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RE: new user to cygwin32...

Jonathan Lanier[] wrote:
>> Hello all.  I just recently downloaded & installed the full distribution of
>> cygwin32 (all 40 megs of it!) with the intent of learning something about
>> windows programming.  From what I have seen, this library is largly intened
>> for porting unix/gnu software to a windows environment, but how suitable is
>> it for straight windows programming?  I bought the book Programming Windows
>> 95 (by Charles Petzold) and the examples are designed to work with MS Visual
>> C++.  Are there any particular things I should watch out for in compiling
>> the VC++ programs under gcc?  (other than re-writing all the makefiles...)

I think I already said something on this topic (maybe in another thread) and
I basically agree with Mr. Lanier: if you have VC++ then use it unless you
have a compelling financial reason or intellectual curiosity (or maybe some
kind of mental illness) that forces you to use gcc. Still, I wanted to add
a few points.

>overhead of cygwin32. Using the mingw32 stuff lets you basically turn GNU 
>Win32 into a native Windows compiler.  You can get it from 

Just a little point but the URL has changed slightly (you'll get a
redirecting page if you go to the above). You can get the Mingw32 downloads
and info from either of the following two URLs:         (in Japan)   (in the USA)

Be careful if you're using Netscape on Win32 to avoid downloading with the
"Save Link As" feature, because it corrupts .tar.gz files. I think it's ok
from Japan. Also I think it's ok if you simply click on the link.

>* His header files use a slightly different naming convention (why, I 
>don't know, you'll have to ask him) so you might need to change some of 
>the #include statements.  He seems to assume that nobody would ever 
>#inlcude anything but "windows.h".

I don't like the weird windows.h + Windows32 directory structure that
win32api-0.1.2 used (and was inherited by Cygwin32 and thus Mingw32)
very much actually. The original decision was Scott Christley's. Currently
Cygwin32 uses a bunch of stub files in place of the normal windows
include files which just include windows.h. Of course this occasionally
leads to trouble (as well as being inefficient in a lot of cases).

Mixing with other libraries (e.g. DirectX) is probably an exercise in
teeth-pulling-like pleasure (though it would be really cool if you
could eventually get it working).

>* There is a BUG in the C++ version of the GNU Win32 compiler, that 
>prevents the __attribute__ (()) directive from working when compiling in 
>C++ if it comes before a function prototype that returns a pointer of any 
>kind.  In this case for now you have to put it at the end.  The problem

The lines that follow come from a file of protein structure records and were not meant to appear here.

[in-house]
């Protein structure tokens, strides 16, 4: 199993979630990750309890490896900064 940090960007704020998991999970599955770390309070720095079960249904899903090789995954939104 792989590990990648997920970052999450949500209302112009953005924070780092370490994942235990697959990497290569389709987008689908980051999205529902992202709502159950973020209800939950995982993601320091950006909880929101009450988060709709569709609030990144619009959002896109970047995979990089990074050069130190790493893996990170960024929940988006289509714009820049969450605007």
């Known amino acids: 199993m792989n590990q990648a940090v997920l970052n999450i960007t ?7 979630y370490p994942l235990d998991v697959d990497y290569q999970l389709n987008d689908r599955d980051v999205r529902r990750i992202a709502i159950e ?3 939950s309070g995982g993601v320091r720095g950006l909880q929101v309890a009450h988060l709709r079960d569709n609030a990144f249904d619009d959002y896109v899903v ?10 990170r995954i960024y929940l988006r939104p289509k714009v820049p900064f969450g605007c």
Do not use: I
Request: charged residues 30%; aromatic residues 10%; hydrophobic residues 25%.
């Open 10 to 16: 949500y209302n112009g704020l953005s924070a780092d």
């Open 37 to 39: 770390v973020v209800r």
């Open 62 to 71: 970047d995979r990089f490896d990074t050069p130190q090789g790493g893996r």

>; so NONE of the header files work right now for doing C++, because 
>WINAPI is the *return type*, so you have to edit every single prototype 
>for every single API function to add the directive at the end, and remove 
>it from the WINAPI #define, because if you remove it from the WINAPI 
>#define the other, non-pointer-returning functions will be missing their 

Well, it's not quite *that* bad. Yes there is a bug and it is annoying
but the vast majority of Win32 API functions do not return pointers and
are not affected by this problem. In my experience there were a couple
of API functions in UnicodeFunctions.h and maybe a dozen in Sockets.h
to change. Also I just moved the WINAPI define in front of the return
type declaration. This may or may not be correct, but it seemed to
work way back when I tested it once.

>* Since MFC is C++, to do VC++/MFC style programming, you'd have to
>a) get a hold of the MFC include files, legally, from your own copy of VC++, 
>b) hack them to be parseable by the buggy GNU compiler.  This is very 
>annoying and I hope it gets fixed soon...  I myself have been hacking the 
>files and it is a big pain; I still don't have everything working right 
>and I've been messing with this for awhile.

I'd say if you want to use MFC with gcc you are asking for a world of
hurt. It is probably not worth the trouble. There are a few other
application frameworks out there, and I think some of them are even

>I haven't tried them, but Petzold's Win95 tutorial apps should work just 
>fine with this setup.

I think you might also have trouble with resource compilers. The best one
to use for Petzold is probably lrc from the lcc distribution (there's a
pointer on my web pages).


-- Colin Peters -
-- Saga University Dept. of Information Science

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